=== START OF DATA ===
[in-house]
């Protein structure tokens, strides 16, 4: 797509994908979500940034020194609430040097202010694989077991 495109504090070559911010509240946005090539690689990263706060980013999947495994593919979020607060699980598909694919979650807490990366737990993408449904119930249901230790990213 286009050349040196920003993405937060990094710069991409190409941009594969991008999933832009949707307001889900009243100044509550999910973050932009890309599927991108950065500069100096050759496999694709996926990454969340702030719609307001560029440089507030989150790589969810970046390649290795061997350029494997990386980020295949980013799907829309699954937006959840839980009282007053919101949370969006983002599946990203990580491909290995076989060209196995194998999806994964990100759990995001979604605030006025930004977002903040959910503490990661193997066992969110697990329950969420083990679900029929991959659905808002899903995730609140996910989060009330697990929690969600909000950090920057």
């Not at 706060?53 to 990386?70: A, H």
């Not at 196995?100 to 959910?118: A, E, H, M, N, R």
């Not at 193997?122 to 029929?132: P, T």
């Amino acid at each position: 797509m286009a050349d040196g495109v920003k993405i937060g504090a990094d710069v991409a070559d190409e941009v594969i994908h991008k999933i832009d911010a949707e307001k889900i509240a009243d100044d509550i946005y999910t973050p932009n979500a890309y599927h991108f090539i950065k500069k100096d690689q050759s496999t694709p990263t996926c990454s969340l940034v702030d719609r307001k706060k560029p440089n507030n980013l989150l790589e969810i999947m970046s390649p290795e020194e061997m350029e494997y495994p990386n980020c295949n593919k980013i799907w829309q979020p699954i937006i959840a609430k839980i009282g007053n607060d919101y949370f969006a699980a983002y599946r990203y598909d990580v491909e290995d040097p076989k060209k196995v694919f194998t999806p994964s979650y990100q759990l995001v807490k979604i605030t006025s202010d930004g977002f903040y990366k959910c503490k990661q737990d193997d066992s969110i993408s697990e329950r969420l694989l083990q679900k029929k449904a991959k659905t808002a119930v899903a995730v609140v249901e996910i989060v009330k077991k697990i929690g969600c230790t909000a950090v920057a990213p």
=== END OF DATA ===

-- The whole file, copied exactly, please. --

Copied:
[in-house]
């Protein structure tokens, strides 16, 4: 797509994908979500940034020194609430040097202010694989077991 495109504090070559911010509240946005090539690689990263706060980013999947495994593919979020607060699980598909694919979650807490990366737990993408449904119930249901230790990213 286009050349040196920003993405937060990094710069991409190409941009594969991008999933832009949707307001889900009243100044509550999910973050932009890309599927991108950065500069100096050759496999694709996926990454969340702030719609307001560029440089507030989150790589969810970046390649290795061997350029494997990386980020295949980013799907829309699954937006959840839980009282007053919101949370969006983002599946990203990580491909290995076989060209196995194998999806994964990100759990995001979604605030006025930004977002903040959910503490990661193997066992969110697990329950969420083990679900029929991959659905808002899903995730609140996910989060009330697990929690969600909000950090920057």
């Not at 706060?53 to 990386?70: A, H």
């Not at 196995?100 to 959910?118: A, E, H, M, N, R």
């Not at 193997?122 to 029929?132: P, T």
């Amino acid at each position: 797509m286009a050349d040196g495109v920003k993405i937060g504090a990094d710069v991409a070559d190409e941009v594969i994908h991008k999933i832009d911010a949707e307001k889900i509240a009243d100044d509550i946005y999910t973050p932009n979500a890309y599927h991108f090539i950065k500069k100096d690689q050759s496999t694709p990263t996926c990454s969340l940034v702030d719609r307001k706060k560029p440089n507030n980013l989150l790589e969810i999947m970046s390649p290795e020194e061997m350029e494997y495994p990386n980020c295949n593919k980013i799907w829309q979020p699954i937006i959840a609430k839980i009282g007053n607060d919101y949370f969006a699980a983002y599946r990203y598909d990580v491909e290995d040097p076989k060209k196995v694919f194998t999806p994964s979650y990100q759990l995001v807490k979604i605030t006025s202010d930004g977002f903040y990366k959910c503490k990661q737990d193997d066992s969110i993408s697990e329950r969420l694989l083990q679900k029929k449904a991959k659905t808002a119930v899903a995730v609140v249901e996910i989060v009330k077991k697990i929690g969600c230790t909000a950090v920057a990213p």